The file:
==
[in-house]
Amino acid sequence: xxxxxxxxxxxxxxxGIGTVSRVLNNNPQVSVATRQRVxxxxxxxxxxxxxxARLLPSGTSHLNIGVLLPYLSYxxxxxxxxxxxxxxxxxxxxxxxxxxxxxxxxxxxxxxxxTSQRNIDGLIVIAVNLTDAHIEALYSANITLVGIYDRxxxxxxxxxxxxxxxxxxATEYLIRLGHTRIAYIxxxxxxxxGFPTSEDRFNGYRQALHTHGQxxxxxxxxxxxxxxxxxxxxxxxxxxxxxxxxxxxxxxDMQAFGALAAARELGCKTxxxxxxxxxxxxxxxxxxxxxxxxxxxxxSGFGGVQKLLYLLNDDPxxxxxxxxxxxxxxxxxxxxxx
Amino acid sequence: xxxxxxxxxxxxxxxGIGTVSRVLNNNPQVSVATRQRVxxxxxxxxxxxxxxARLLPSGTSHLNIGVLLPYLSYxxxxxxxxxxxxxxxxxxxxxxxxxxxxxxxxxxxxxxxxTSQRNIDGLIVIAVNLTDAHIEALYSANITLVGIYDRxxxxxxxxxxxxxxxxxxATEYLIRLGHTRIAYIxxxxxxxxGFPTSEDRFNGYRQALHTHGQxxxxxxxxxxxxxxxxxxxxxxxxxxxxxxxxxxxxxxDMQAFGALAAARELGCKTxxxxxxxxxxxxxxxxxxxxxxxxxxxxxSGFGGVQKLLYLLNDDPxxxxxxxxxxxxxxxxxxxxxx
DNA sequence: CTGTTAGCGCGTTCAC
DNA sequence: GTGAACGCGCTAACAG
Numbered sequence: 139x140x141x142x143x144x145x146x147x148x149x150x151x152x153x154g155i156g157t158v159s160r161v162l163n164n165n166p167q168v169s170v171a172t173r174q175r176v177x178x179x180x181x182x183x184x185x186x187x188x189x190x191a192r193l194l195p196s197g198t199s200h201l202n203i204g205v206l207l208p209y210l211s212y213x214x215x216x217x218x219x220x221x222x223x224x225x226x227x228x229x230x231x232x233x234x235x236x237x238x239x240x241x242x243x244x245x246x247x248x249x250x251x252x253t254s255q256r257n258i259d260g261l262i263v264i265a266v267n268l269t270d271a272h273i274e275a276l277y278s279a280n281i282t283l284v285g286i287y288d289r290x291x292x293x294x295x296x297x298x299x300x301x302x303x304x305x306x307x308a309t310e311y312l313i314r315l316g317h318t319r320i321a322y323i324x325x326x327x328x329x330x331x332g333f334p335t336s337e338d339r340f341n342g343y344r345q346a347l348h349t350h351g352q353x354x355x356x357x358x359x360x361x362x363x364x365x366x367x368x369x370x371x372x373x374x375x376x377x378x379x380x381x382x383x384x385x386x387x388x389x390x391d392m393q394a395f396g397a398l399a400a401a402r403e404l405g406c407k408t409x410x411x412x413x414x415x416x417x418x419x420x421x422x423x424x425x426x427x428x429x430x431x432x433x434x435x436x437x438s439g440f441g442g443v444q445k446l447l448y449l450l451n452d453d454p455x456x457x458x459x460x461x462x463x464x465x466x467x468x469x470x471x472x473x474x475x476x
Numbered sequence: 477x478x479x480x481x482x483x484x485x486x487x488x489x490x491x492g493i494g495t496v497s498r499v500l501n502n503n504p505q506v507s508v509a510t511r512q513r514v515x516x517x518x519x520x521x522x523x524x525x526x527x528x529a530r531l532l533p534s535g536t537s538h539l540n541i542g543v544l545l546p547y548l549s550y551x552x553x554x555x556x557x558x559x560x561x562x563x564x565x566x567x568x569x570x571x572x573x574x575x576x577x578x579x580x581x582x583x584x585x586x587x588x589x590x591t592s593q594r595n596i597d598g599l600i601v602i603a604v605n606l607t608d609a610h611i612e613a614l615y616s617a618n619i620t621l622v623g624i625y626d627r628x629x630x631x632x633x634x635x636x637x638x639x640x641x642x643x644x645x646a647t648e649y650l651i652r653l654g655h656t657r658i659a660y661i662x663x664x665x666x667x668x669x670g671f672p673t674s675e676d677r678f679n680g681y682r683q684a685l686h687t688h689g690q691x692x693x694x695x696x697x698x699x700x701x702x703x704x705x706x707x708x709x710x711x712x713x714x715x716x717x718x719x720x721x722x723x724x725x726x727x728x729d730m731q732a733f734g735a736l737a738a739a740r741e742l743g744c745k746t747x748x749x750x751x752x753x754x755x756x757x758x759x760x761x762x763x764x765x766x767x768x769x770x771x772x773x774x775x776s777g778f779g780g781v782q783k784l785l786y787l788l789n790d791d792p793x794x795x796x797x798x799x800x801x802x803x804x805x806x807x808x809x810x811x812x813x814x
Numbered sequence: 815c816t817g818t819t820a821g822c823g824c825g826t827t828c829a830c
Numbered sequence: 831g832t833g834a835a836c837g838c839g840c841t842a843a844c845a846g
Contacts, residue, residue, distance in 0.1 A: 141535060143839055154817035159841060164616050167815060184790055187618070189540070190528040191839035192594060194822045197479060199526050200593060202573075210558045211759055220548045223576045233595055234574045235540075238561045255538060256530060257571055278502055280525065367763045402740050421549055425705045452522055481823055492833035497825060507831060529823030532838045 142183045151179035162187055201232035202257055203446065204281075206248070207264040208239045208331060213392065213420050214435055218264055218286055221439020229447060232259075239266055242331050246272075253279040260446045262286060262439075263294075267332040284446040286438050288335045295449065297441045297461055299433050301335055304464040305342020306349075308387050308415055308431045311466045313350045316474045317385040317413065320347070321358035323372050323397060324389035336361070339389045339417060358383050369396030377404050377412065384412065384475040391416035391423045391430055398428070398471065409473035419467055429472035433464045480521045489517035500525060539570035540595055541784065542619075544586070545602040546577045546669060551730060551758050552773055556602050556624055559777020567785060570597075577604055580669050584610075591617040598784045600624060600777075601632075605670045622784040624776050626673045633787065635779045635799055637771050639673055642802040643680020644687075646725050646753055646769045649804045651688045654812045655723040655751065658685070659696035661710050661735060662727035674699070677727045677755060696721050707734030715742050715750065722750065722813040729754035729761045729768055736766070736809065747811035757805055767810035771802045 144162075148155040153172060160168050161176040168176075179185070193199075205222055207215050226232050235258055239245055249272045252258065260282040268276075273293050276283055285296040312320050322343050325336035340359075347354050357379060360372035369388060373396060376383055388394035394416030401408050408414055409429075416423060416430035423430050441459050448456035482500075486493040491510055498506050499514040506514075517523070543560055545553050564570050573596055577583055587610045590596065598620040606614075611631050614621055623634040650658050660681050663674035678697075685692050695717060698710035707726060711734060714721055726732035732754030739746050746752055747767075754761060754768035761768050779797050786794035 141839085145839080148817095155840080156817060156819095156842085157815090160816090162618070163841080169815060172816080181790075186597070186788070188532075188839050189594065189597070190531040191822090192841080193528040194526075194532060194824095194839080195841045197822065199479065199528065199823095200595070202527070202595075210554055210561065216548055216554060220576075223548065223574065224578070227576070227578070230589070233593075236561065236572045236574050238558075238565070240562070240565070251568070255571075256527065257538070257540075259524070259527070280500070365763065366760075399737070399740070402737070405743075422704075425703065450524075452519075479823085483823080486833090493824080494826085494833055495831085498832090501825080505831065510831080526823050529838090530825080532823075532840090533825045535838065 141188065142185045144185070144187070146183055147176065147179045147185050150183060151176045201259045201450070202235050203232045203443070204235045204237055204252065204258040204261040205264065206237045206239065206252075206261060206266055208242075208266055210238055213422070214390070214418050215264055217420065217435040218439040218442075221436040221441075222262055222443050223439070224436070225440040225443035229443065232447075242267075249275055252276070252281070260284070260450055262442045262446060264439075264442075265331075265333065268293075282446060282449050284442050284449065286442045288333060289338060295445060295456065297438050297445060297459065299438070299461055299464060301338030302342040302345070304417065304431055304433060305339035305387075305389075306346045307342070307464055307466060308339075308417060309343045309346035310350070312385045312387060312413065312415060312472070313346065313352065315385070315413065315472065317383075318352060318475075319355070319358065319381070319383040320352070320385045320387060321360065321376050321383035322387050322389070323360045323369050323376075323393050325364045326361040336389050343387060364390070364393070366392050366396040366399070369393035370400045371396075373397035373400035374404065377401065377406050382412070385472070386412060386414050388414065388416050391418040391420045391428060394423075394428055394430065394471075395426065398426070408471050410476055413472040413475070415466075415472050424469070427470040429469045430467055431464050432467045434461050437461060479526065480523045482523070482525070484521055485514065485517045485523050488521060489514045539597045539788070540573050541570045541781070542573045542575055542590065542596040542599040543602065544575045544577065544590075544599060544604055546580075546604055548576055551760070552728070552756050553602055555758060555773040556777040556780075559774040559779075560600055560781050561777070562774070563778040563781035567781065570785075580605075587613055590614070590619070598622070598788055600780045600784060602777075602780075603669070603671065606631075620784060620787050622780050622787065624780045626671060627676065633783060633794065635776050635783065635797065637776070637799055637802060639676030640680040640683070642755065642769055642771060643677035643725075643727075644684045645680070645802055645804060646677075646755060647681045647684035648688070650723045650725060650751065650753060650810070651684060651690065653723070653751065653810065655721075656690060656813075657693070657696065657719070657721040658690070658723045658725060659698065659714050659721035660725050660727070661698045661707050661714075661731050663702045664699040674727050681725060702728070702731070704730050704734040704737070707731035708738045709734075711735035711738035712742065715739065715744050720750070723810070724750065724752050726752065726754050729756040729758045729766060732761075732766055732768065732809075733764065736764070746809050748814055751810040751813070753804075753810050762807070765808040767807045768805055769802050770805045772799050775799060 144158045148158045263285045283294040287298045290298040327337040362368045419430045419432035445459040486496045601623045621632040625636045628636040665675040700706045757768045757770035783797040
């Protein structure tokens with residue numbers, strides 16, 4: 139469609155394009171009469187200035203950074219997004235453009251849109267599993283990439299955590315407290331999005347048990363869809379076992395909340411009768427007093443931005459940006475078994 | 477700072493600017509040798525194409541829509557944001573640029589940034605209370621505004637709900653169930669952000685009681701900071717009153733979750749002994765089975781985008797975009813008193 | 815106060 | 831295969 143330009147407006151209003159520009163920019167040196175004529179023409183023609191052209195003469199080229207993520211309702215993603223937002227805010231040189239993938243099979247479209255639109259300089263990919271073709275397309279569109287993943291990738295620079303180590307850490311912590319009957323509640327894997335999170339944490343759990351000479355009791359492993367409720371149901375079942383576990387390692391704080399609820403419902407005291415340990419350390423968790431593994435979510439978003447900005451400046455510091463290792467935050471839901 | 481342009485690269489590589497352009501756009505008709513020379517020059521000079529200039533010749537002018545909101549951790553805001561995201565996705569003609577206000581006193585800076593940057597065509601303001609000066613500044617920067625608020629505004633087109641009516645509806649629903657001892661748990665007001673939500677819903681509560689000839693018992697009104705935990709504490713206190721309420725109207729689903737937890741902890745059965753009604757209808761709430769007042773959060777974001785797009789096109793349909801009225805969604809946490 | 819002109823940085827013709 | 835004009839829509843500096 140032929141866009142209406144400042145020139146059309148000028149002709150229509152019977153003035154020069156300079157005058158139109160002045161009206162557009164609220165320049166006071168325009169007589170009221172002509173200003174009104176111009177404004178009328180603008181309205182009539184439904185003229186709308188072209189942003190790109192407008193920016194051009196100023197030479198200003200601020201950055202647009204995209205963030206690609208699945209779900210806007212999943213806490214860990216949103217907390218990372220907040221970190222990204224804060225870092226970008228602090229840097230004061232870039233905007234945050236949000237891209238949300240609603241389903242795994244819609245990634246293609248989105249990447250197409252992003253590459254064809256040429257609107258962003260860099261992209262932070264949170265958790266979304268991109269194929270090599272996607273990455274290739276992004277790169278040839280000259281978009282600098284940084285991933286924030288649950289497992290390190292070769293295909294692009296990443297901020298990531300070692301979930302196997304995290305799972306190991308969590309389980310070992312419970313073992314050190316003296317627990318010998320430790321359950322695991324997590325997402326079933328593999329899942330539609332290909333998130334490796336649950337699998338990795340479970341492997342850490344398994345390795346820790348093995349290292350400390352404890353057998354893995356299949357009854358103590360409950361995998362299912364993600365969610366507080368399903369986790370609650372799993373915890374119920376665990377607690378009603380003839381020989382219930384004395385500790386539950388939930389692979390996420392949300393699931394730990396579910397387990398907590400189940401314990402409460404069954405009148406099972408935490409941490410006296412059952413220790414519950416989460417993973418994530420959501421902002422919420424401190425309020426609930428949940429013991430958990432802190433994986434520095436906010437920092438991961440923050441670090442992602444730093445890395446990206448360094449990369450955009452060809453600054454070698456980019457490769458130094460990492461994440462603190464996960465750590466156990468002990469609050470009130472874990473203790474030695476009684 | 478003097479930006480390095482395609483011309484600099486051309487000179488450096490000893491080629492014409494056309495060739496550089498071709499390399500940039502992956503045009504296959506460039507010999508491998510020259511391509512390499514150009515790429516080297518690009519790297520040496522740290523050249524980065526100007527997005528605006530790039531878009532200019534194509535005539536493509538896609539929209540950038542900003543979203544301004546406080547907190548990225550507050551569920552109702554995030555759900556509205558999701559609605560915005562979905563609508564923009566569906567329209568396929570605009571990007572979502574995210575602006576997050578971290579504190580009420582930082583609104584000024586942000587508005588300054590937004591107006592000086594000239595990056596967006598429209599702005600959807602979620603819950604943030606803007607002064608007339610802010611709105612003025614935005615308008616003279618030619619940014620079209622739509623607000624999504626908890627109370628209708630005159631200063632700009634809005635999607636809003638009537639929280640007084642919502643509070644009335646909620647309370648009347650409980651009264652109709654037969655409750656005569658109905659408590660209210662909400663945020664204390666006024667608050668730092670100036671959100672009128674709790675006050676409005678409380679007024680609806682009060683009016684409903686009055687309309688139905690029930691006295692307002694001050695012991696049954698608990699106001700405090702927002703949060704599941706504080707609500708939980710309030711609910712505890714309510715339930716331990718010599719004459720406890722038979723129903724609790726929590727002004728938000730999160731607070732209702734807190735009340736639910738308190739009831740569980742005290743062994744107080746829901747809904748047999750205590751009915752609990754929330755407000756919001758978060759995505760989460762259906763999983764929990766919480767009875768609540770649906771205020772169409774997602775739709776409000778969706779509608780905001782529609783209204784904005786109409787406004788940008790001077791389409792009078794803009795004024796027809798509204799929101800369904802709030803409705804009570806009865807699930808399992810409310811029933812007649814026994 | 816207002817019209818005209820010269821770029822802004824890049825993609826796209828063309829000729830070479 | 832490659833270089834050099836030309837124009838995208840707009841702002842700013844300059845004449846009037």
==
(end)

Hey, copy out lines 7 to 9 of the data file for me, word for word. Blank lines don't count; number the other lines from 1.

Numbered sequence: 477x478x479x480x481x482x483x484x485x486x487x488x489x490x491x492g493i494g495t496v497s498r499v500l501n502n503n504p505q506v507s508v509a510t511r512q513r514v515x516x517x518x519x520x521x522x523x524x525x526x527x528x529a530r531l532l533p534s535g536t537s538h539l540n541i542g543v544l545l546p547y548l549s550y551x552x553x554x555x556x557x558x559x560x561x562x563x564x565x566x567x568x569x570x571x572x573x574x575x576x577x578x579x580x581x582x583x584x585x586x587x588x589x590x591t592s593q594r595n596i597d598g599l600i601v602i603a604v605n606l607t608d609a610h611i612e613a614l615y616s617a618n619i620t621l622v623g624i625y626d627r628x629x630x631x632x633x634x635x636x637x638x639x640x641x642x643x644x645x646a647t648e649y650l651i652r653l654g655h656t657r658i659a660y661i662x663x664x665x666x667x668x669x670g671f672p673t674s675e676d677r678f679n680g681y682r683q684a685l686h687t688h689g690q691x692x693x694x695x696x697x698x699x700x701x702x703x704x705x706x707x708x709x710x711x712x713x714x715x716x717x718x719x720x721x722x723x724x725x726x727x728x729d730m731q732a733f734g735a736l737a738a739a740r741e742l743g744c745k746t747x748x749x750x751x752x753x754x755x756x757x758x759x760x761x762x763x764x765x766x767x768x769x770x771x772x773x774x775x776s777g778f779g780g781v782q783k784l785l786y787l788l789n790d791d792p793x794x795x796x797x798x799x800x801x802x803x804x805x806x807x808x809x810x811x812x813x814x
Numbered sequence: 815c816t817g818t819t820a821g822c823g824c825g826t827t828c829a830c
Numbered sequence: 831g832t833g834a835a836c837g838c839g840c841t842a843a844c845a846g